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  • Ease In: This is not a race. You will absolutely burn out if you try to learn everything at once or get very intense about wellness and eating right. This can actually turn into disordered behavior where not "treating your body right" causes anxiety, anger, and fear. Don't let the industry get you into that mindset. Be gentle with yourself. Do it little by little and don't get angry if you fall off schedule or upset if you didn't do something perfectly. It's called a "wellness journey" so enjoy the journey part of it. 

 

  • Be a Sieve, Not a Sponge: I cannot stress this one enough. If you absorb all the wellness information it will form a pit in your stomach and all the stress from trying to contain it will come out of your leaky gut and wreak havoc on your body and...have I taken this wellness analogy too far? I digress. Basically, you want to discard the information you don't need like a sieve and retain the info that works for you. Doing so will help manage the overwhelmed feeling and you'll feel empowered to make the right choices for you. 

 

  • Set Boundaries: If you're interested in wellness, you know the click hole that can happen when you find out about a new wellness trend. Set boundaries for your intake of wellness information. No more than thirty minutes a day or nothing after 6PM to make sure you're not overwhelming yourself and the information you do take in has time to sink in. 

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Curate Your Feeds (and Go Beyond Them!)

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  • Do The Joy Test: This one I learned from my favorite meditation app, Buddhify. They have a meditation where you scroll through Instagram and analyze which profiles bring you joy and which don't. As you're adding wellness instagrammers to your feed, do this test once a month or so. Tune into your body. Do you skip a certain blogger all the time? Does someone make you stressed? Overwhelmed? Annoyed? Hit that "unfollow" button. Social media is stressful enough and you should curate your feed to be one that brings you joy. 

 

  • Watch For Sponsored Content: Some bloggers will only partner with brands they already use and love while others will take deals that simply pay them well. Neither of these are wrong and bloggers have to make a living! Working in digital, I know the signs to look for which helps me navigate the sponsored content and decide if it's something I want to pursue or not. Here are my tips: Look for "paid partnership" and be sure to click on the "..." and expand to see the first comment as often the #ad or #sponsored or #partner or #ambassador will be there. Ask the blogger how they choose their partnerships if you're curious. If you see a bunch of bloggers posting the same item, this is called a "mailer" and was likely sent out for them to review. Again, a sponsored post is not a bad sign, but to be smart in the wellness space, you should be aware of what is and is not sponsored and how that affects your wellness choices.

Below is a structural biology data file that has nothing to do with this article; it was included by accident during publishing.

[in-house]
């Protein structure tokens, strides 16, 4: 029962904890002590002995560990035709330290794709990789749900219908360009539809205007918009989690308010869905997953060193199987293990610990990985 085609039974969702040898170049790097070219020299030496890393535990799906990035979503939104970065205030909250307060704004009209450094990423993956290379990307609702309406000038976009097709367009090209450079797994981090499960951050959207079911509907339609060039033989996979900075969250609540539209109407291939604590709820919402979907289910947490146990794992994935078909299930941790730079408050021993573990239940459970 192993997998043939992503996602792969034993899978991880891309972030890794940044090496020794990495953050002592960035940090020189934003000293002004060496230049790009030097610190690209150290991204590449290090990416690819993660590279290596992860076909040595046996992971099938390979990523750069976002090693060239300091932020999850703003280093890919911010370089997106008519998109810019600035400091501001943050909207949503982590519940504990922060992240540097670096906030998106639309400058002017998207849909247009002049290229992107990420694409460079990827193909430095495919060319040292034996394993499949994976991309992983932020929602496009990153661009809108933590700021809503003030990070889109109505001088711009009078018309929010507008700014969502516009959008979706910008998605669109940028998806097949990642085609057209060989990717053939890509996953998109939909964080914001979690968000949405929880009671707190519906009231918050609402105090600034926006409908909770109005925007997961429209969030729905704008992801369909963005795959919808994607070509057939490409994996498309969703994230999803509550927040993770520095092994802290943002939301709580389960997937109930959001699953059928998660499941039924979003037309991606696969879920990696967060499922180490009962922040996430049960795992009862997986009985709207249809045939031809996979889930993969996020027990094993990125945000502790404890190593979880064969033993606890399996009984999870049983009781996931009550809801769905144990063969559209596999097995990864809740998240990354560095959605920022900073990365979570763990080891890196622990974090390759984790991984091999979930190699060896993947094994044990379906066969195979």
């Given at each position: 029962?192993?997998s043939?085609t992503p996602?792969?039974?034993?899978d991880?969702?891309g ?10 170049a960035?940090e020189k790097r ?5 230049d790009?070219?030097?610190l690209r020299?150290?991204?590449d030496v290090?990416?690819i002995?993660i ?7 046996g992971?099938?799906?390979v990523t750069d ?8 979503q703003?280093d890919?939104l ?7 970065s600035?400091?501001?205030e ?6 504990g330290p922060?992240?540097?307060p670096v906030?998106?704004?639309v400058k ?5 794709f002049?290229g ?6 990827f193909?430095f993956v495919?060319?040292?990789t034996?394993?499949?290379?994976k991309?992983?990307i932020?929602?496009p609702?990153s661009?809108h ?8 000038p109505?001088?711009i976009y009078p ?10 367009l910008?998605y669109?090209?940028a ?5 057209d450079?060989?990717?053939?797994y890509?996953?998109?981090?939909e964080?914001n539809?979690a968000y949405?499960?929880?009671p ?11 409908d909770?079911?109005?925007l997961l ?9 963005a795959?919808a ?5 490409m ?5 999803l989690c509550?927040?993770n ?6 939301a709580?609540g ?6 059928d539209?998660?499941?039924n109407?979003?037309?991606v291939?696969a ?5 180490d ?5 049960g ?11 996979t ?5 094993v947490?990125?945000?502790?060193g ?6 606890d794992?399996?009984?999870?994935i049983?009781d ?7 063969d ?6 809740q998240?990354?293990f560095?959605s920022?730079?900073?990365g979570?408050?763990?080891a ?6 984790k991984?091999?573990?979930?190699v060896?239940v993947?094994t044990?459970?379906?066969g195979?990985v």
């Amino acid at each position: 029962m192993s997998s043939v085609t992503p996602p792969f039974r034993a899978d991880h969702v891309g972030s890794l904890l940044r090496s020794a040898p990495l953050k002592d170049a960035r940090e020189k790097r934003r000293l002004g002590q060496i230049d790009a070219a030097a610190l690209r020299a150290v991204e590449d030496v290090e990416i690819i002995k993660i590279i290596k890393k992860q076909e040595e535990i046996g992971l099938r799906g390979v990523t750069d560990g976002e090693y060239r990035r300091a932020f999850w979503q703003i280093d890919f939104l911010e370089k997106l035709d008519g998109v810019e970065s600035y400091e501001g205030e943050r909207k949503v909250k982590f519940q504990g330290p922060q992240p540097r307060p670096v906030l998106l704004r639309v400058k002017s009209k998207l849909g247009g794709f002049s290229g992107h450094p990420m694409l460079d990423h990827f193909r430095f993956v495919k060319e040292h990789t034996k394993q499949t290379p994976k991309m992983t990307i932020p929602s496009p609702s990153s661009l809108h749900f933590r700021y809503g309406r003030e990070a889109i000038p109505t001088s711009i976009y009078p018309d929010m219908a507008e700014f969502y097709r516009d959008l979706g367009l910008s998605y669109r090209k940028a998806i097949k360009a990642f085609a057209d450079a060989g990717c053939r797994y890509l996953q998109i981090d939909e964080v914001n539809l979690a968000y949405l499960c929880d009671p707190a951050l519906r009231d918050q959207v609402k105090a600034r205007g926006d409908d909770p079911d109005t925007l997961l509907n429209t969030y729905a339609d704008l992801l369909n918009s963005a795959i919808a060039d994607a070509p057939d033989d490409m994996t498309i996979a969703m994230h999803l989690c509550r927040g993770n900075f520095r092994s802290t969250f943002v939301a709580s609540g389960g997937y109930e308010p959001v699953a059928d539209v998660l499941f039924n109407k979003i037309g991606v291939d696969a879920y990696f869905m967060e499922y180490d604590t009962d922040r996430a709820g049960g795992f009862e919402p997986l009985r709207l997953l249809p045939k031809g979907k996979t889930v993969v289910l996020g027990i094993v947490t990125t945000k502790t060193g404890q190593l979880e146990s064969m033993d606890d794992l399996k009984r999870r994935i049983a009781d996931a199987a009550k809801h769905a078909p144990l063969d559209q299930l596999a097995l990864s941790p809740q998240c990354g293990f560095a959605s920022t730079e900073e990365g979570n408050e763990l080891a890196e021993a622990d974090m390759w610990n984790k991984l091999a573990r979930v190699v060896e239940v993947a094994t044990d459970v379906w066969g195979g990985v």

• Look For Credible Sources Beyond Social: It's crazy that we take social media as reality when it isn't necessarily the most credible resource. Read books (buy hardcover, real ones and highlight what you find interesting), check out JAMA for the latest research, and ask questions of experts (many you can email and they'll provide you answers and additional credible resources!). 

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Set Goals

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  • One Change a Month: Part of where I went wrong when I was starting to get into wellness was attempting to change everything, all at once. This will absolutely burn you out and you're more likely to end up doing nothing than even one change that can have benefits to your well being. Stick with one change per month whether that's exercising three times a week, having meatless Monday's, or taking a bath once a week. Make it easy to accomplish and you'll be more likely to actually follow through. 

 

  • Break Down Your Wellness Goals: It's great to want to feel better in your body, work on your mental health, or become a Pilates instructor. The issue is, that wellness goals can be lofty and often they're not concrete enough for us to feel satisfied or check the box to having completed the task. This is counter to what a lot of the wellness community says, but I think it's more useful to set small, concrete goals. Instead of setting such a big goal, focus on the steps you will take to reach that. Set those steps as your goals instead, and set only one at a time. Before you know it, you'll make it to that lofty goal while savoring the journey along the way. 

 

  • Remember, Goals Can Be Overwhelming Too: I usually like to set goals but occasionally, I find them entirely overwhelming. What if I don't meet them? What does that say about me? Will people judge me for not meeting my goals? Could I have tried harder? When that happens, I try to push the goal aside and stay in the present. Part of what I love about wellness is how it unfolds uniquely for me, and that journey is worth throwing the endless task list away on occasion and enjoying the experience. 

 

How do you enjoy the wellness scene without getting overwhelmed? Let me know in the comments!